As an initial matter, it is not clear that the privilege exists. As support for its argument that the Sixth Circuit has adopted the self-critical analysis privilege, the Plaintiffs cite ASARCO, Inc. v. N.L.R.B., 805 F.2d 194 (6th Cir.1986). In that case, the Sixth Circuit determined that the employer should not have to disclose self-critical reports prepared after serious accidents in order to improve safety and prevent similar mishaps. Id. at 199. The court determined that “[t]he practice of uninhibited self-critical analysis, which benefits both the union’s and employer’s substantial interest in increased worker safety and accident prevention, would undoubtedly be chilled by disclosure.” Id. at 200.

However, that case involved a company’s duty to turn over certain information in collective bargaining efforts with the employee’s union. The Sixth Circuit specifically noted that items subject to discovery in litigation may not be subject to disclosure “in the collective bargaining context” and that any duty to disclose in that context must be evaluated in light of the rights and obligations created by the National Labor Relations Act. Id. at 199.

Even after ASARCO, district courts have found that the Sixth Circuit has never explicitly adopted the self-critical analysis privilege. See United States v. Allison Engine Company, Inc., 196 F.R.D. 310, 313-14 (S.D.Ohio 2000); Hickman v. Whirlpool Corp., 186 F.R.D. 362, 363 (N.D.Ohio 1999).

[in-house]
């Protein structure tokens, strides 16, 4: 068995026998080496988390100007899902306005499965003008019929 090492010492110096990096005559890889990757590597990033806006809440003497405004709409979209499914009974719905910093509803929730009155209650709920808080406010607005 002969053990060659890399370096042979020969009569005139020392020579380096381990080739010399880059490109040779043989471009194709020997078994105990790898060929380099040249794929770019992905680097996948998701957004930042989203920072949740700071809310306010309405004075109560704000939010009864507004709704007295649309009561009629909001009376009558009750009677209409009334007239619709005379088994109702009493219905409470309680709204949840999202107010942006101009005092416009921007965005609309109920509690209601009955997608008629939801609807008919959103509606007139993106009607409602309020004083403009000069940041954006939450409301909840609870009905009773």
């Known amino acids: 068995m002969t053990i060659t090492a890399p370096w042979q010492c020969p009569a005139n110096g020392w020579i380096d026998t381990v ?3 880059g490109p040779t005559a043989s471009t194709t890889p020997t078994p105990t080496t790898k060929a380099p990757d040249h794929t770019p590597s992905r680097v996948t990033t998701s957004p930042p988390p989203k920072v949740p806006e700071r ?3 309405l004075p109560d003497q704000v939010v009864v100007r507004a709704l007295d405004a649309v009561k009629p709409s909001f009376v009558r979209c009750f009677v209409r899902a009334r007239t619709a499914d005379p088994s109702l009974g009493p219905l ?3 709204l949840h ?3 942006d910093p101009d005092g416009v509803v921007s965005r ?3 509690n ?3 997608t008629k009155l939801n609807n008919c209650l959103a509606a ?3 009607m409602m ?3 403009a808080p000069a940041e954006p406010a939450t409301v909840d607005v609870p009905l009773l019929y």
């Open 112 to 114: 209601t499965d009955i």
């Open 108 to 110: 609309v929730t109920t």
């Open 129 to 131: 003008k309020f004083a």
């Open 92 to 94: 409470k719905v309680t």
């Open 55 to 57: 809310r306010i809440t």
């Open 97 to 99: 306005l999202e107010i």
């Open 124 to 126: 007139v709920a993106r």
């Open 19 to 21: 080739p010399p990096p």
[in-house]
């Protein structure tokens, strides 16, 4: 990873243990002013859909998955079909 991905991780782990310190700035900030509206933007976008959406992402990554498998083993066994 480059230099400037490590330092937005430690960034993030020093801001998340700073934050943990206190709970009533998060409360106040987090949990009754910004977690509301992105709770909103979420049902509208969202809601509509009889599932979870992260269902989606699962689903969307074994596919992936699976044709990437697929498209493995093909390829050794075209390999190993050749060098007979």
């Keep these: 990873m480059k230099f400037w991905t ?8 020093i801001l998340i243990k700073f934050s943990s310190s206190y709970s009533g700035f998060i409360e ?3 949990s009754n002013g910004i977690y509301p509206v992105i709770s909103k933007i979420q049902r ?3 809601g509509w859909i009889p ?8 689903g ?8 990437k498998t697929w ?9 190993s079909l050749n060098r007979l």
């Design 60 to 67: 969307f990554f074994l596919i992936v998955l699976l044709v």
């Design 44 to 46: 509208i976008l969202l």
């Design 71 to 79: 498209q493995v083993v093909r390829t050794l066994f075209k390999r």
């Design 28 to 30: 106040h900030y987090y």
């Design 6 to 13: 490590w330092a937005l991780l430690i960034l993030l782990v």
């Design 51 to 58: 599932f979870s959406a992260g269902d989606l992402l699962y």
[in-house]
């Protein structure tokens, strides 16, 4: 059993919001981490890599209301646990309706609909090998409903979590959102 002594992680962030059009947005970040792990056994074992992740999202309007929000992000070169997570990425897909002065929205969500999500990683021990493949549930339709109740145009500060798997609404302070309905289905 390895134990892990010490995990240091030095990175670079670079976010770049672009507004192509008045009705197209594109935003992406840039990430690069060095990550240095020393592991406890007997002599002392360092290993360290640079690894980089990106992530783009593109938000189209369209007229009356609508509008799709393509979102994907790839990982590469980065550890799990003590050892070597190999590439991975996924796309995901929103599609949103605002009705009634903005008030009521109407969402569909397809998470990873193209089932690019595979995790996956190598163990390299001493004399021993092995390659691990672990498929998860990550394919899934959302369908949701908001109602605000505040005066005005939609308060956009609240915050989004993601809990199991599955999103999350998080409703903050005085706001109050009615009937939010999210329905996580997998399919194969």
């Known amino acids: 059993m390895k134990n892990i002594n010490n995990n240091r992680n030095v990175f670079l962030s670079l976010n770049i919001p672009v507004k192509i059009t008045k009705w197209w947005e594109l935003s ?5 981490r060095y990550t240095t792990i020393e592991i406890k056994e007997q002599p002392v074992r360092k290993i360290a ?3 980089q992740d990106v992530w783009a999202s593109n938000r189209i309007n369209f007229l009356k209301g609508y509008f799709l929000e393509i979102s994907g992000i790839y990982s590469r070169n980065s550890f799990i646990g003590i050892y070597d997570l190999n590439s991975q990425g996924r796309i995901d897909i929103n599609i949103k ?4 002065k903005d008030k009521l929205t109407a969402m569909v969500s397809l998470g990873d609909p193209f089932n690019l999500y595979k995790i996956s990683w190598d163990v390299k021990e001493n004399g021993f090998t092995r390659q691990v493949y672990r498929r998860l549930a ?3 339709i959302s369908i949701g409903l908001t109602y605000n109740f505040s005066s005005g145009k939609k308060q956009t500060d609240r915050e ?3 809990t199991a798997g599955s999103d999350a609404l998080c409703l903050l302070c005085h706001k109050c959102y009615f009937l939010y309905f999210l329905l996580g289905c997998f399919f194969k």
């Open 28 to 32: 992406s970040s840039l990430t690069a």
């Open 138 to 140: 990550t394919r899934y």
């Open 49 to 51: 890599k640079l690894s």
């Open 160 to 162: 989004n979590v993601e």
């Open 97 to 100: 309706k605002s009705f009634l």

One district court has summarized the status of the privilege as follows:

Furthermore, “no circuit court of appeals has explicitly recognized the self-critical analysis privilege.” Johnson v. United Parcel Serv., Inc., 206 F.R.D. 686, 689-90 (M.D.Fla.2002). Most important, the validity of the self-critical analysis privilege is highly doubtful in light of the Supreme Court’s decision University of Pennsylvania v. EEOC, 493 U.S. 182, 110 S .Ct. 577, 107 L.Ed.2d 571 (1990), which declined to recognize a common law privilege against disclosure of confidential peer review materials.Granberry v. Jet Blue Airways, 228 F.R.D. 647, 650 (N.D.Cal.2005).

In Allison Engine, the court considered a claim of self-critical analysis privilege regarding internal audits of quality control for products supplied to the United States Navy. It applied a four-part test from Bredice v. Doctors Hosp., Inc., 50 F.R.D. 249 (D.D.C.1970):

(1) the information must result from self-critical analysis undertaken by the party seeking protection; (2) the public must have a strong interest in preserving the free flow of the type of information sought; (3) the information must be of the type whose flow would be curtailed if discovery were allowed; and (4) no documents should be accorded the privilege unless it was prepared with the expectation that it would be kept confidential.

Allison Engine, 196 F.R.D. at 312.

The court rejected the privilege in that case, noting that the privilege had rarely been applied and that its very rationale had been called into doubt.   Id. at 313.See also Wade v. Washington Metropolitan Area Transit Authority, 2006 WL 890679 at * 5 (D.D.C.2006)(the privilege is “rarely recognized.”)

Even if the Sixth Circuit has or would adopt the privilege, National would not meet all four elements of the test set forth above. National argues that the documents requested from Hanna relate to an evaluation that National hired Hanna to perform of National’s classification of employees as exempt or non-exempt under the FLSA. However, clearly not all the information contained in documents relating to the evaluation are necessarily protected by the privilege: